1. Hahah I probably should have made the title a bit clearer 😂 I believe that the film was theatrically released in America, Canada and China while it was Netflix that distributed it internationally, and since I live in Australia most of my friends and family have no clue about this movie so I guess I just projected that onto my title 😂
      Hmm I don’t know if you could… Unless you blow it up maybe…

      Liked by 1 person

  3. I have to say I liked this film more than Alex Garland’s previous one, and it’s something of a shame distributors dropped the ball handling it (they haven’t exactly had a great track record this year). That said, while it has a very creative premise, I also have to say it is incontestably a product of the 2010s sci-fi scene, its most tedious elements (i.e. turning the narrative into a heavy-handed commentary on the nature of humankind) are in full effect here. All in all, I think how I feel about it can be summed up as: it manages to be good despite itself – if that makes any sense.

    Liked by 1 person

    1. That makes sense! It did have a lot to say about humanity, and both films had the same sort of open ending with the machine/supernatural thing escaping out into the world. I feel like they both really leave us to wonder about what the thing will do once out there though… Ex Machina seems to focus more for Ava upon how she will interpret humanity. As a threat? Or will she express selective empathy (like humans do)? I think it is an interesting concept, and then I also liked that in Annihilation Lena paints the alien thing to be not necessarily of a superior intelligence or something like that, but more of a thing that we aren’t fully capable of understanding because it might necessarily have an explanation to offer 🙂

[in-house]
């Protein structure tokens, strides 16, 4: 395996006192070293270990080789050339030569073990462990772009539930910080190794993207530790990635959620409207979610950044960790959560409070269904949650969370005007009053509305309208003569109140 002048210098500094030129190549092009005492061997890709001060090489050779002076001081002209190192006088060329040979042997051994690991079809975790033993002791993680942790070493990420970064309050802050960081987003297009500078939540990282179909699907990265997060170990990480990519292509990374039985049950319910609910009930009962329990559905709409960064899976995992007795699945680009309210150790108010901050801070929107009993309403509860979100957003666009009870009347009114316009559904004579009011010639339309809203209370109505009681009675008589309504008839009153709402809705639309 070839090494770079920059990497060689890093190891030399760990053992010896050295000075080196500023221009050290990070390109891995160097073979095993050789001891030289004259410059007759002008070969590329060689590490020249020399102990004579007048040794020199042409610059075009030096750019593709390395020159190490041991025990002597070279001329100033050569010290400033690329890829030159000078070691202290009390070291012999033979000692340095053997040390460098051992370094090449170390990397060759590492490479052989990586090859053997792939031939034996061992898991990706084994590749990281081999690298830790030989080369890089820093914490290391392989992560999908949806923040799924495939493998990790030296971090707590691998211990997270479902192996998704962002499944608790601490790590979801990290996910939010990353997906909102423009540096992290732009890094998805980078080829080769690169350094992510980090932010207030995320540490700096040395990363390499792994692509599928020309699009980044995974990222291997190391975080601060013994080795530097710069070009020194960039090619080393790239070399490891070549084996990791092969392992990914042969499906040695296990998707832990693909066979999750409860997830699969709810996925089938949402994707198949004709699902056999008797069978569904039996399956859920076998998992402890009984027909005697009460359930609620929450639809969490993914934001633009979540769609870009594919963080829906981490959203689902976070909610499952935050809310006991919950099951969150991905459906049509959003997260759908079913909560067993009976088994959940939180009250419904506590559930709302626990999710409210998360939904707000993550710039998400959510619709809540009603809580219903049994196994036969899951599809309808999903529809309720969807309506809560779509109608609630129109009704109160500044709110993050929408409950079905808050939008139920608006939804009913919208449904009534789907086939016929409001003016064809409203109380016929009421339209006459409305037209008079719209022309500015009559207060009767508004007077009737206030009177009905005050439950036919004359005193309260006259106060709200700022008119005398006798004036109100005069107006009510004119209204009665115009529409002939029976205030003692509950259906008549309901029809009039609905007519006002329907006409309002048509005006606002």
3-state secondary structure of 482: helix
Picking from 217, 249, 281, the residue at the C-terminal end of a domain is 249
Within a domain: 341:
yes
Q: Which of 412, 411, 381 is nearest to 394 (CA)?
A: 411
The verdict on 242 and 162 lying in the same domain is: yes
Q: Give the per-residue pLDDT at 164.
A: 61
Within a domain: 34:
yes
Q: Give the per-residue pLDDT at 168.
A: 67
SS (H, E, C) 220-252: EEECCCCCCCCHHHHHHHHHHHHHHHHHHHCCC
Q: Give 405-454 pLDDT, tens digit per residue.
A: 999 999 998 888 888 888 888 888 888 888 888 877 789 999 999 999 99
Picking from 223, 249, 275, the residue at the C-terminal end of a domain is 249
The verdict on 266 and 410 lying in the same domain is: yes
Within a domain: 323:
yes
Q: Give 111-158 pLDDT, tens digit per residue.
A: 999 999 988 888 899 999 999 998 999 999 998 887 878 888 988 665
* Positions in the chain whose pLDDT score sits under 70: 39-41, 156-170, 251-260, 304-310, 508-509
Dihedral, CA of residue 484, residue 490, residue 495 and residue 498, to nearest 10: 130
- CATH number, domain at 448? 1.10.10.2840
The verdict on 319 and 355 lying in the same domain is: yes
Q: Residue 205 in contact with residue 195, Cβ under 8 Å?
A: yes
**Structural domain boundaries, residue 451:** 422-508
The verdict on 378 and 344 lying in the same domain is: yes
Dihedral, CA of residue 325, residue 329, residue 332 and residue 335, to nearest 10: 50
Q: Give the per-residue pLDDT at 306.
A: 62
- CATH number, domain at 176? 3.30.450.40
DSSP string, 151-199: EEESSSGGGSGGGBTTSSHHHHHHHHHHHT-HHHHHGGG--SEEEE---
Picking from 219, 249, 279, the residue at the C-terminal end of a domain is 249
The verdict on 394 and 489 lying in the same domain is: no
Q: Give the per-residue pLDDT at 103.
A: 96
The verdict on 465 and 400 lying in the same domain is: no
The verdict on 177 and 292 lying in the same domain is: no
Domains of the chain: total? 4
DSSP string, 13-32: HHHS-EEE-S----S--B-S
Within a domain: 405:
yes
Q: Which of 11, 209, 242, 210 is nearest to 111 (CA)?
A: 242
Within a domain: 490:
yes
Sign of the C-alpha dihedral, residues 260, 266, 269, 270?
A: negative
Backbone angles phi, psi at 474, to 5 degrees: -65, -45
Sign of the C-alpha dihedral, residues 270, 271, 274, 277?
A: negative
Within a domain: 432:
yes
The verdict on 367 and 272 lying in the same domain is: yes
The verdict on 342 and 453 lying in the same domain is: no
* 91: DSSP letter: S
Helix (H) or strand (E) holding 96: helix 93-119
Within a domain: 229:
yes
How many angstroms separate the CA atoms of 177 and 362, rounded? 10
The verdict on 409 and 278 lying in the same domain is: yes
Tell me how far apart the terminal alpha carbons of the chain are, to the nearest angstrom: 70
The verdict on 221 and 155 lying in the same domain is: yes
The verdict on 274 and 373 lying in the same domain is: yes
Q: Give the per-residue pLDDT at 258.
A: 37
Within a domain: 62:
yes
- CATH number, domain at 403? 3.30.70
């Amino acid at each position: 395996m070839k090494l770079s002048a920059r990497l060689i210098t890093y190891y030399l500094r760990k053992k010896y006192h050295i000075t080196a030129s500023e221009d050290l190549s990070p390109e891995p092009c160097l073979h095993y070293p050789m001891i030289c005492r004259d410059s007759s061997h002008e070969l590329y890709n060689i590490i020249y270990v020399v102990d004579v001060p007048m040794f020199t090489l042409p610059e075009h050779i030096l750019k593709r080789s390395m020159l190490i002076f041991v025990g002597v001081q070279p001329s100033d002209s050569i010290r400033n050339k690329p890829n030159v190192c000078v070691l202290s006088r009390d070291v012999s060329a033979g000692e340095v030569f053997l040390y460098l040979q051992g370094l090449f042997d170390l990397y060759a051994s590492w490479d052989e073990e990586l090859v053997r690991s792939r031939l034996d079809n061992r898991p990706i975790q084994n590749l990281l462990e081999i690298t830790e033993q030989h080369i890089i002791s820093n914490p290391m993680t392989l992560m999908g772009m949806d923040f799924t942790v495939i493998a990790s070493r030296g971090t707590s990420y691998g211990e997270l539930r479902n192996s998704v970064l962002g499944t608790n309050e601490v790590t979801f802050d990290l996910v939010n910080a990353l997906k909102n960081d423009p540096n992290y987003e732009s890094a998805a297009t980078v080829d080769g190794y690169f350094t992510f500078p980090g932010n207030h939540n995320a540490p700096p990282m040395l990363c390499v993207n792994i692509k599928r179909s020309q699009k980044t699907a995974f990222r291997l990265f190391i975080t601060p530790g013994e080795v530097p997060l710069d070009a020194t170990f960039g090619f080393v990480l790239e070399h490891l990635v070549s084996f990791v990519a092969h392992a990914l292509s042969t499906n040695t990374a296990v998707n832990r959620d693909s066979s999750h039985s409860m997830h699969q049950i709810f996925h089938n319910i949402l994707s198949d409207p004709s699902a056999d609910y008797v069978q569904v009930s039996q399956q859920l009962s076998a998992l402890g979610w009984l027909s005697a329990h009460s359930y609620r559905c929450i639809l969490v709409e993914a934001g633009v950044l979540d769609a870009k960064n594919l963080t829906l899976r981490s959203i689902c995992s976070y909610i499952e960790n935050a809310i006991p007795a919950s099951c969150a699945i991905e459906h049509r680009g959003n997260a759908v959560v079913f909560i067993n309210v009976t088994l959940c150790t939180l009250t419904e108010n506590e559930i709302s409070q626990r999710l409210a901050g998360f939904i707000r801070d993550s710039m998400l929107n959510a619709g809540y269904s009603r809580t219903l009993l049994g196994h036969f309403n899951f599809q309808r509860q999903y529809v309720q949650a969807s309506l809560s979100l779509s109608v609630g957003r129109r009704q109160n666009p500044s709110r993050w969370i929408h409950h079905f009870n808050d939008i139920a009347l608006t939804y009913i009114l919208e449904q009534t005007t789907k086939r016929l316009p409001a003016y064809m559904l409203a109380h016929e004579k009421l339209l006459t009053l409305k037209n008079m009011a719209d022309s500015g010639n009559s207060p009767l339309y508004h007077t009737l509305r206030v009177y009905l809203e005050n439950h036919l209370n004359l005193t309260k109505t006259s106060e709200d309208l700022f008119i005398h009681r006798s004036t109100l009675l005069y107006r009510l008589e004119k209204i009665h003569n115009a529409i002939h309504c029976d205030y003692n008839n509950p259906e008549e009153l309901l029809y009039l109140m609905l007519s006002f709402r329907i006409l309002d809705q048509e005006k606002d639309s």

1. That’s true, but I would argue neither provided a particularly insightful commentary on humanity – or if it was at one point, sci-fi writers this decade had done a great job beating it into the ground by 2015 when Ex Machina came out. It may have been a critical darling, but I found it to be rather poorly conceived – as though someone just looked at a list of Hollywood conventions and reversed all of them without making sure the new ideas actually gelled together. As I said, Annihilation is good, but it’s good despite being a clear product of its scene – one that fears the unknown rather than being curious to explore uncharted territory. It also didn’t have to resort to a puerile viral marketing campaign to sell tickets, so it has that going for it too.

        Liked by 1 person